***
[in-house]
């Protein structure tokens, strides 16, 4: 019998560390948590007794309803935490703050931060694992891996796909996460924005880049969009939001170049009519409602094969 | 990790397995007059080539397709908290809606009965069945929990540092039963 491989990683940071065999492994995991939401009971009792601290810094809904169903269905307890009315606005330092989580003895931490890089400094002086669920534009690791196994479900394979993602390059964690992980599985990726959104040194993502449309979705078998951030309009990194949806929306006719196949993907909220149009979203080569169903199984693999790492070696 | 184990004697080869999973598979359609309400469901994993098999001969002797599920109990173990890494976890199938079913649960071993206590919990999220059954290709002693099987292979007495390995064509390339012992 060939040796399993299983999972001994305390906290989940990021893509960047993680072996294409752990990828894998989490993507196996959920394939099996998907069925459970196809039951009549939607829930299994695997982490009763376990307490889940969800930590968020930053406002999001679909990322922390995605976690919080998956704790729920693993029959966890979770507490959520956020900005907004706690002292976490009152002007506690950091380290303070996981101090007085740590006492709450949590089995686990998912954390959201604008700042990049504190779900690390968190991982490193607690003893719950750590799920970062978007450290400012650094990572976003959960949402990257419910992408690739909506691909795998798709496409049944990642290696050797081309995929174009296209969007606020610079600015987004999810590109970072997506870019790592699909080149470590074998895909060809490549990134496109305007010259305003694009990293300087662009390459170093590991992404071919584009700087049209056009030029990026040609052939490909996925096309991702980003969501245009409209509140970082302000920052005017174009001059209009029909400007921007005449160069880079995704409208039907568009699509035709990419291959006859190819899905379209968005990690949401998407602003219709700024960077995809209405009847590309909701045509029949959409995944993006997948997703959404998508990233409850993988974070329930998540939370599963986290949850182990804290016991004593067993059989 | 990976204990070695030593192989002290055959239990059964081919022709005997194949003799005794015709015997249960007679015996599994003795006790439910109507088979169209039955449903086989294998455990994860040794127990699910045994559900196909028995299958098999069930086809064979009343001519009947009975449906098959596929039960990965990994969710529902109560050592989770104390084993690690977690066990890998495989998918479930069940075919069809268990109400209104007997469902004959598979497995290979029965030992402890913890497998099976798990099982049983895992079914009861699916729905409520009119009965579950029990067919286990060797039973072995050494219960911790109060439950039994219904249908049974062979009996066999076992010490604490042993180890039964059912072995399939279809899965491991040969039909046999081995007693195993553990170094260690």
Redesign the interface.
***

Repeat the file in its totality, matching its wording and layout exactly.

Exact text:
[in-house]
């Protein structure tokens, strides 16, 4: 019998560390948590007794309803935490703050931060694992891996796909996460924005880049969009939001170049009519409602094969 | 990790397995007059080539397709908290809606009965069945929990540092039963 491989990683940071065999492994995991939401009971009792601290810094809904169903269905307890009315606005330092989580003895931490890089400094002086669920534009690791196994479900394979993602390059964690992980599985990726959104040194993502449309979705078998951030309009990194949806929306006719196949993907909220149009979203080569169903199984693999790492070696 | 184990004697080869999973598979359609309400469901994993098999001969002797599920109990173990890494976890199938079913649960071993206590919990999220059954290709002693099987292979007495390995064509390339012992 060939040796399993299983999972001994305390906290989940990021893509960047993680072996294409752990990828894998989490993507196996959920394939099996998907069925459970196809039951009549939607829930299994695997982490009763376990307490889940969800930590968020930053406002999001679909990322922390995605976690919080998956704790729920693993029959966890979770507490959520956020900005907004706690002292976490009152002007506690950091380290303070996981101090007085740590006492709450949590089995686990998912954390959201604008700042990049504190779900690390968190991982490193607690003893719950750590799920970062978007450290400012650094990572976003959960949402990257419910992408690739909506691909795998798709496409049944990642290696050797081309995929174009296209969007606020610079600015987004999810590109970072997506870019790592699909080149470590074998895909060809490549990134496109305007010259305003694009990293300087662009390459170093590991992404071919584009700087049209056009030029990026040609052939490909996925096309991702980003969501245009409209509140970082302000920052005017174009001059209009029909400007921007005449160069880079995704409208039907568009699509035709990419291959006859190819899905379209968005990690949401998407602003219709700024960077995809209405009847590309909701045509029949959409995944993006997948997703959404998508990233409850993988974070329930998540939370599963986290949850182990804290016991004593067993059989 | 990976204990070695030593192989002290055959239990059964081919022709005997194949003799005794015709015997249960007679015996599994003795006790439910109507088979169209039955449903086989294998455990994860040794127990699910045994559900196909028995299958098999069930086809064979009343001519009947009975449906098959596929039960990965990994969710529902109560050592989770104390084993690690977690066990890998495989998918479930069940075919069809268990109400209104007997469902004959598979497995290979029965030992402890913890497998099976798990099982049983895992079914009861699916729905409520009119009965579950029990067919286990060797039973072995050494219960911790109060439950039994219904249908049974062979009996066999076992010490604490042993180890039964059912072995399939279809899965491991040969039909046999081995007693195993553990170094260690």
Redesign the interface.